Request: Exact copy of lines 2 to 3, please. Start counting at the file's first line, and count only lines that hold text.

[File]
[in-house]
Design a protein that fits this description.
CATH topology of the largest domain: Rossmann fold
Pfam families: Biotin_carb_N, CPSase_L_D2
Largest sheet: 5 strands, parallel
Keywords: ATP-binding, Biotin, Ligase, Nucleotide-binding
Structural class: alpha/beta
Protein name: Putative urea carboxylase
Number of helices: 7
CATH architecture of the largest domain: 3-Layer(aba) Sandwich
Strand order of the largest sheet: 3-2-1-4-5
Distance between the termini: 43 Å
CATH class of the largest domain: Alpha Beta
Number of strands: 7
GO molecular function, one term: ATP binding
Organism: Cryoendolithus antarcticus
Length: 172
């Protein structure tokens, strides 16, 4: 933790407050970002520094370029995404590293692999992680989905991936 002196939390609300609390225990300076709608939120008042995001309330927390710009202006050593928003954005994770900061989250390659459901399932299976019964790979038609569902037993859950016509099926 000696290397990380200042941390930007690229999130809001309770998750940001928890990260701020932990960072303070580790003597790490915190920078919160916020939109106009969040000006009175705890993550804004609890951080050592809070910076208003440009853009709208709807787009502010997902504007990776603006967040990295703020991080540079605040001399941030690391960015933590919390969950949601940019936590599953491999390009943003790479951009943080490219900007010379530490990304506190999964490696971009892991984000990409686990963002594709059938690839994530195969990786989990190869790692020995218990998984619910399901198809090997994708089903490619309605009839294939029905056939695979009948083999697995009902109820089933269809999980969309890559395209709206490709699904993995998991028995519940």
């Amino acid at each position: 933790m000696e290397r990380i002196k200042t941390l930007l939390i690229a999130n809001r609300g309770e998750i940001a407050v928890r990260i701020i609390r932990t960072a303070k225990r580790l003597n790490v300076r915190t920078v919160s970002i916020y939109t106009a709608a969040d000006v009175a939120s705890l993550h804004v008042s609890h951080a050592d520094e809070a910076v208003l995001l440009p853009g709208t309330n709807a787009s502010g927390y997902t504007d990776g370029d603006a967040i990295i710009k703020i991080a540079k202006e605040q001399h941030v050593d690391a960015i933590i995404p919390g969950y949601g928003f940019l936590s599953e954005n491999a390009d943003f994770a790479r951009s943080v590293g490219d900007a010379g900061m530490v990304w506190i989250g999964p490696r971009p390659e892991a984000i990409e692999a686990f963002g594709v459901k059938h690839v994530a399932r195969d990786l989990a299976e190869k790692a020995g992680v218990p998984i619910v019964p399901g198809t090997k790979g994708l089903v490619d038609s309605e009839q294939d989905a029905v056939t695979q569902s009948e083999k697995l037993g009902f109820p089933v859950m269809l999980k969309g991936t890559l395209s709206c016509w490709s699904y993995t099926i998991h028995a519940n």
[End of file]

Design a protein that fits this description.
CATH topology of the largest domain: Rossmann fold